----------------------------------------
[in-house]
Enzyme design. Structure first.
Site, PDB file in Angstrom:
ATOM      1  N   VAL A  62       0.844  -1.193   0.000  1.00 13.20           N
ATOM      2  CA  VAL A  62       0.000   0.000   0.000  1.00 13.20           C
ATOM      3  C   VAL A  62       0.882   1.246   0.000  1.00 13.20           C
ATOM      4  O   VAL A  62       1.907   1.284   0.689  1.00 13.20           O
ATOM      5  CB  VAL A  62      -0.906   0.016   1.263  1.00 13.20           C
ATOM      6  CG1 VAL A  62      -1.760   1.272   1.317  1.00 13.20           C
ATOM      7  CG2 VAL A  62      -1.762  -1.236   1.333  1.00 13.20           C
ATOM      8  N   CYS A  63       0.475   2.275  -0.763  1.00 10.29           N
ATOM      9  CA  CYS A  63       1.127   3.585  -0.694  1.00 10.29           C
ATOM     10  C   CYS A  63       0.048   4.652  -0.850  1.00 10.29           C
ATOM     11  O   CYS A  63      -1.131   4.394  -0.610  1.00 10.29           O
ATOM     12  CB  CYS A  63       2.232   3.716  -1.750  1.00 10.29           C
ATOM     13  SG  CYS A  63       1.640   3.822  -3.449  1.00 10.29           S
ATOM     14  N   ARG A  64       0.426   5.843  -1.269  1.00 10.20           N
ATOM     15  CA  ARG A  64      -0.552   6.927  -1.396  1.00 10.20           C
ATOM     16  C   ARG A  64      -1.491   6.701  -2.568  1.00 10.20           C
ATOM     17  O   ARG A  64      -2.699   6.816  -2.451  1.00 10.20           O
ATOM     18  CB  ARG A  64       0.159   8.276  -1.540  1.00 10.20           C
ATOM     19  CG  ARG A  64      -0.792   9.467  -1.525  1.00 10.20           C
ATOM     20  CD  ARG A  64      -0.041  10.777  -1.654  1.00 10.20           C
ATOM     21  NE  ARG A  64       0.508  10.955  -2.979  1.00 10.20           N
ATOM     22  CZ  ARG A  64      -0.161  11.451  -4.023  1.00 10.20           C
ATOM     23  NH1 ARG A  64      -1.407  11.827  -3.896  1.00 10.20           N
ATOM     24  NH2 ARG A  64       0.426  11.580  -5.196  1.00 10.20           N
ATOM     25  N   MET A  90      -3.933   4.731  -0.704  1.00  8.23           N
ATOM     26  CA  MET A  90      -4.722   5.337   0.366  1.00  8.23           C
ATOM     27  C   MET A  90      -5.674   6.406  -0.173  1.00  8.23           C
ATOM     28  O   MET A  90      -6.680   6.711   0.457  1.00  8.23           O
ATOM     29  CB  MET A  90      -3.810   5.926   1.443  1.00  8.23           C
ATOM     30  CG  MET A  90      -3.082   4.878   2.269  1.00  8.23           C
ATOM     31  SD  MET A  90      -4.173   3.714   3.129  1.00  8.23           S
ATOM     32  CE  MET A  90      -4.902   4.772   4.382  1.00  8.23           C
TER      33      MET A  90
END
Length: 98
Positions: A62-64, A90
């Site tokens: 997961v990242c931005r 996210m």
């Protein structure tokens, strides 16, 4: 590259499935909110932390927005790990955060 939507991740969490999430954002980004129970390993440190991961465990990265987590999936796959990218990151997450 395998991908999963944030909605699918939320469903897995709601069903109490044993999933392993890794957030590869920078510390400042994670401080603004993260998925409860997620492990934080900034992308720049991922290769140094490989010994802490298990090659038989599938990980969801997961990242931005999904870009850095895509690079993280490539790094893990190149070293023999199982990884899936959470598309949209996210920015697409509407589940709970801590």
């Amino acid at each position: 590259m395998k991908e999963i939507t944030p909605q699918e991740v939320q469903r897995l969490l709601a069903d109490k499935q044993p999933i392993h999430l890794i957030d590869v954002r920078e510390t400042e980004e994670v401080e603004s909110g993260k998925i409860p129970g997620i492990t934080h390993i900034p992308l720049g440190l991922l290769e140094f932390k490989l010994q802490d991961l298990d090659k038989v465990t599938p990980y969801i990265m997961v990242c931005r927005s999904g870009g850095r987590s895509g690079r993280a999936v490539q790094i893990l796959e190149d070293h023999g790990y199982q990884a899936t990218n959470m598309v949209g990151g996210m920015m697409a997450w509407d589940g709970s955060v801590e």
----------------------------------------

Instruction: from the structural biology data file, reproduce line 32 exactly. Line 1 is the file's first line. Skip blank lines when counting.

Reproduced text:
ATOM     29  CB  MET A  90      -3.810   5.926   1.443  1.00  8.23           C